Final Exam Paper

Final Exam Paper - Responses to 9/11 and the Fatwa of Osama...

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Responses to 9/11 and the Fatwa of Osama Bin Laden
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Yue Ke 08/05/2009 Reli 181 Sec 603
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This paper will attempt a contrapuntal reading 11 September 2001 by drawing on the strategy of multiple critiques that some contemporary Muslims have used to simultaneously critique certain aspects of Islamic tradition and Western hegemony. Additionally, the fatwa of Osama bin Laden will be examined, specifically regarding the objections other Muslims have raised against it, and placed within its historical context. It is crucial that the events of September 11 be subjected to contrapuntal readings in order for one to appreciate the complete context for its causes. September 11, 2001 has become a pivotal date in modern Western world history much like the birth of Christ was two thousand years ago was pivotal to earlier Western civilisations. Events before the tragedy are aptly described as being “pre-9/11” and the events that have occurred since have happened in a “post-9/11” world. Events that day included two airliners crashing into the World Trade Centre, another airliner crashing into the side of the Pentagon, and a final airplane crashing in a field in Pennsylvania, killing approximately three thousand, mostly civilian, persons. Reactions in media coverage ranged from grief over the loss, shock that it had happened, and anger upon learning the identities of the hijackers. The media frequently replayed clips of isolated instances in which Muslim-looking persons cavorted around a burning American flag, giving the impression that it was a universal fact that Muslims hated the United States. Noor noted that there were many experts “at hand to support the claim that Islam was indeed a religion of violence, conflict, and terror…Muslims were a hidden menace to the west. ..Islam was indeed an enemy and threat to the world.” 1 1 Farish A. Noor, “What is the Victory of Islam?” in Progressive Muslims , ed. by Omid Safi (Oxford: Oneworld Publications, 2004), 322.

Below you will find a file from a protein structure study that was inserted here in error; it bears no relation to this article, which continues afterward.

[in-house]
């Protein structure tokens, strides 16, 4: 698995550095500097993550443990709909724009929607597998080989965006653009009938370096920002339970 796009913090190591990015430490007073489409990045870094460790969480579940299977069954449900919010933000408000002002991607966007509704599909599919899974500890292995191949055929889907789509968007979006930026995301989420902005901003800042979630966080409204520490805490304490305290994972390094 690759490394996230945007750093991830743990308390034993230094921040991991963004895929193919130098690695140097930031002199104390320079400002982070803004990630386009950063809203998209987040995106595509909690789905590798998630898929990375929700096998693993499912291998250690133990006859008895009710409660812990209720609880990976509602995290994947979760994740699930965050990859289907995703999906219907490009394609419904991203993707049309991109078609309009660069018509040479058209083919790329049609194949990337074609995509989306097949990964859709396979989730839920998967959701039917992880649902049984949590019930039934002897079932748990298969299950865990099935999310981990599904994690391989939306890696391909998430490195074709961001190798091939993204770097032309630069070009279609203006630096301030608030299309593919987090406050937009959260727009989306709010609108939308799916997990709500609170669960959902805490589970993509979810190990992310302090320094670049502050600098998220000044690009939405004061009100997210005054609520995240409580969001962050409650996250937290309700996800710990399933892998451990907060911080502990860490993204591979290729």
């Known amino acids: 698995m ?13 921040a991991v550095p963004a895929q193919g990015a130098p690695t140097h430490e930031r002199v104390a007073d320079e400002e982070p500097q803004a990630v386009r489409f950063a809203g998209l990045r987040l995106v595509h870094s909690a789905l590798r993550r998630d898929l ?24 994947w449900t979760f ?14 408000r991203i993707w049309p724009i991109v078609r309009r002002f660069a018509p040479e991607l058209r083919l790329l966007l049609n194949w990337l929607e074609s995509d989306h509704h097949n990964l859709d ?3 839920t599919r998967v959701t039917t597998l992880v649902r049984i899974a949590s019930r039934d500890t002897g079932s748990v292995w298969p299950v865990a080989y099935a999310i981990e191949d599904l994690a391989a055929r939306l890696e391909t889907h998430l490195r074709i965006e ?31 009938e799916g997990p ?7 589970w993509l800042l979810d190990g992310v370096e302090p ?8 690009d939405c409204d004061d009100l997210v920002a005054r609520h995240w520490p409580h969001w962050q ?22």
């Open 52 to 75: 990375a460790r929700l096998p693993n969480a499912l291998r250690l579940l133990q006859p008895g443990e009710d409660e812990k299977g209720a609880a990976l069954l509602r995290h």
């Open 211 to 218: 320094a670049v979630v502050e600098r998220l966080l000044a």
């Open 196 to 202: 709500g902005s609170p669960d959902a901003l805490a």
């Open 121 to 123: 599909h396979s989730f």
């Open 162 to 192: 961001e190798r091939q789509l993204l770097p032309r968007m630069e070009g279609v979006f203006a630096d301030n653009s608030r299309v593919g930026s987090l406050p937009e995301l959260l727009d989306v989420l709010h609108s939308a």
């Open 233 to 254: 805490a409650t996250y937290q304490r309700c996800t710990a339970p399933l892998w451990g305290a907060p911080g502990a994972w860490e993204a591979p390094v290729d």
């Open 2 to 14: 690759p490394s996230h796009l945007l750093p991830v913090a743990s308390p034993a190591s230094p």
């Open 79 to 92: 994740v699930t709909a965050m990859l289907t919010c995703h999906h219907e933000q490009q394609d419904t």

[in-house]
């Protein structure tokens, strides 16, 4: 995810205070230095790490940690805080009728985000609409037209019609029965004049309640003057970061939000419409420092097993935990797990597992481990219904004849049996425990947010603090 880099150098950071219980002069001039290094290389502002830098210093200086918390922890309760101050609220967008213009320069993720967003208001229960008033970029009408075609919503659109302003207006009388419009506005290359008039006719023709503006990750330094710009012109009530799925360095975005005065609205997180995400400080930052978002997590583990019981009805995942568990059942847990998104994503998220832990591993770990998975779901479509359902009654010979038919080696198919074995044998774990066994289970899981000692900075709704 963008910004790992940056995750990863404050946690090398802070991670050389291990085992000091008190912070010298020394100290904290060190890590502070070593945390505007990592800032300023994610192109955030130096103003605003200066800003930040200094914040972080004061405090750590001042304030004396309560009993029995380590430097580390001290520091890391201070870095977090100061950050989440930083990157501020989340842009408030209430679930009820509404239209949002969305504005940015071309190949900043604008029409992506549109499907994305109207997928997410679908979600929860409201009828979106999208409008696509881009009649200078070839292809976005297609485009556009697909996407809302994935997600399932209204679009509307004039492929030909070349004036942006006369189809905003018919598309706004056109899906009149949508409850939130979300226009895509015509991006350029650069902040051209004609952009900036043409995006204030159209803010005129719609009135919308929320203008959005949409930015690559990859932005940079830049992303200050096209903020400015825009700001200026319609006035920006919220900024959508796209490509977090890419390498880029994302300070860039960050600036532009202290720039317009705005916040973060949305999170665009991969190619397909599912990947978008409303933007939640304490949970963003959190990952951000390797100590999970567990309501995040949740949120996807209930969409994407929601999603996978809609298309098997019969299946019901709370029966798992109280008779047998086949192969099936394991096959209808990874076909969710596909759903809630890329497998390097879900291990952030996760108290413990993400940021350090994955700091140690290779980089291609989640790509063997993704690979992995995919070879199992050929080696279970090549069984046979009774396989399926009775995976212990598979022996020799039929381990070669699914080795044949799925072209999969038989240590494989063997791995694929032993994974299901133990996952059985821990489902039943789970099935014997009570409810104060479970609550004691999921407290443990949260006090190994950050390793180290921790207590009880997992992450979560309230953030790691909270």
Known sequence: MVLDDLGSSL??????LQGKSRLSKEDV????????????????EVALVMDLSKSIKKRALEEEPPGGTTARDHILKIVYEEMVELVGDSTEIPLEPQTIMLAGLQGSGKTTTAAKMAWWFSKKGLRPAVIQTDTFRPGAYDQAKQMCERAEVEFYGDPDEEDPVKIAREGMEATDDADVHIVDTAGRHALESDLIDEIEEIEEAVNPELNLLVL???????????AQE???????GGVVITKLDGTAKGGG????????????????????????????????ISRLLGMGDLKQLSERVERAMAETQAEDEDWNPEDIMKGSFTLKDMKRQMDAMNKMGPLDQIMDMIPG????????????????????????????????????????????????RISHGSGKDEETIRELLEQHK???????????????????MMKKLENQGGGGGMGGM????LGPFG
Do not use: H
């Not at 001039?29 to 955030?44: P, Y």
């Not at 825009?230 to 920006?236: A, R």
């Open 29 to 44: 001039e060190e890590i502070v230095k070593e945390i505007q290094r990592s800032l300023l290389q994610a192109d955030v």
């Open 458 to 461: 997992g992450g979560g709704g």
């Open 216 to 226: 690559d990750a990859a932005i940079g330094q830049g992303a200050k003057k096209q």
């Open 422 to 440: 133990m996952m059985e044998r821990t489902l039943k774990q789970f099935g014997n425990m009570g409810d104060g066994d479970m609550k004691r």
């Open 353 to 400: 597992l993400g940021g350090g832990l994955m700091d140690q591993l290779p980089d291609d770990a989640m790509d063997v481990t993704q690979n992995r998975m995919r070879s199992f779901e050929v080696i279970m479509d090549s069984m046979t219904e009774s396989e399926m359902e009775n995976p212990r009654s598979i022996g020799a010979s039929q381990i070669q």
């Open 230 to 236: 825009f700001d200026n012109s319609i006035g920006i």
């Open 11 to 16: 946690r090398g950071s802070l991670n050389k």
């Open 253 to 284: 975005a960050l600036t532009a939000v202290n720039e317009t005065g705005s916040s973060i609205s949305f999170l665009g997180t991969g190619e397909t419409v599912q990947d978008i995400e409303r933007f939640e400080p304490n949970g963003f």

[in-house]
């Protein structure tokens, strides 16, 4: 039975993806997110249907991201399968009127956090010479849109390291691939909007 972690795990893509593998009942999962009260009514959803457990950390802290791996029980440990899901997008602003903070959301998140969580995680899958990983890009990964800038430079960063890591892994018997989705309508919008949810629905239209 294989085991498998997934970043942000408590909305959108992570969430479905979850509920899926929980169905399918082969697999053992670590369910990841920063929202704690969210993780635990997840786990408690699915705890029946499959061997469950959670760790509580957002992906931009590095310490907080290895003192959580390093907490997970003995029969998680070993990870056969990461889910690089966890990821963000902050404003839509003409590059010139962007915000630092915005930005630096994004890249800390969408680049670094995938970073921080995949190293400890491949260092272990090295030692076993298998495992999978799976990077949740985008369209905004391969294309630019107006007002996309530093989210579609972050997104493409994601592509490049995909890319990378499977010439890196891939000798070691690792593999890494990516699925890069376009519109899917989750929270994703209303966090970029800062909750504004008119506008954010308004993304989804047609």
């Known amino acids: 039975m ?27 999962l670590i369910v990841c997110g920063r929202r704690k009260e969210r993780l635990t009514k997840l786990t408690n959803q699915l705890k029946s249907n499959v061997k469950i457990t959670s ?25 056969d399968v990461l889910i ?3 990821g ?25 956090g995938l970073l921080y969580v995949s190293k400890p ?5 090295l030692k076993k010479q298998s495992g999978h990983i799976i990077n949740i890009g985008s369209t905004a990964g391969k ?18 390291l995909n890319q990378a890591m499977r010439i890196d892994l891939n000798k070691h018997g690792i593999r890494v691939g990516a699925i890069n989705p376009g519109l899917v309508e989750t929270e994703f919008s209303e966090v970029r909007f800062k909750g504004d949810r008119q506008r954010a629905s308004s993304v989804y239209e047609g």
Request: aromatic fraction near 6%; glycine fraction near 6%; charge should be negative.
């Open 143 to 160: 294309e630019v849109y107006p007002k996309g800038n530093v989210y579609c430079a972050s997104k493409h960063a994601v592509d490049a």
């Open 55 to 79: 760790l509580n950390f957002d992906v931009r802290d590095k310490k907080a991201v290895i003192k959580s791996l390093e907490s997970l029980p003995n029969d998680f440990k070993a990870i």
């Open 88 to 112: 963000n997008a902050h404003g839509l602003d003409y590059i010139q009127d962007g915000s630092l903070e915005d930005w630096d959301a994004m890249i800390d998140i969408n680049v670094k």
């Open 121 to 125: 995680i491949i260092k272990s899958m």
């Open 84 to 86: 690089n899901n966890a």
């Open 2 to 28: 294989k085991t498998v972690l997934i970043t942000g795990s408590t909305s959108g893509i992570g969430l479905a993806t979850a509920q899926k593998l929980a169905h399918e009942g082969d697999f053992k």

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In spite of President Bush’s appeal to the nation for the public to not turn American racial minorities into scapegoats, this anger still caused an unprecedented increase in the number of hate crimes against those who looked like or were suspected of being of Middle Eastern descent and Muslim. According to the Council on American Islamic Relations (CAIR), the number of reported attacks was 785 cases, which was “more hate crimes against Muslims and Arabs than the entire previous year…Against anyone with brown skin tone or accent… [Including against] Hindu and Sikh.” 2 In addition to the drastic increase in hate crimes toward these groups, very little media coverage was given to Muslim responses to the 9/11 tragedy. CAIR, a Muslim civil liberties and advocacy group, was amongst the first to not only denounce the terrorist acts, but also urge members “to offer whatever help they can” within hours of the first plane crashing into the WTC. Another major organisation, the Islamic Circle of North America
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This note was uploaded on 11/02/2008 for the course RELI 181 taught by Professor Omidsafi during the Spring '08 term at UNC.

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Final Exam Paper - Responses to 9/11 and the Fatwa of Osama...

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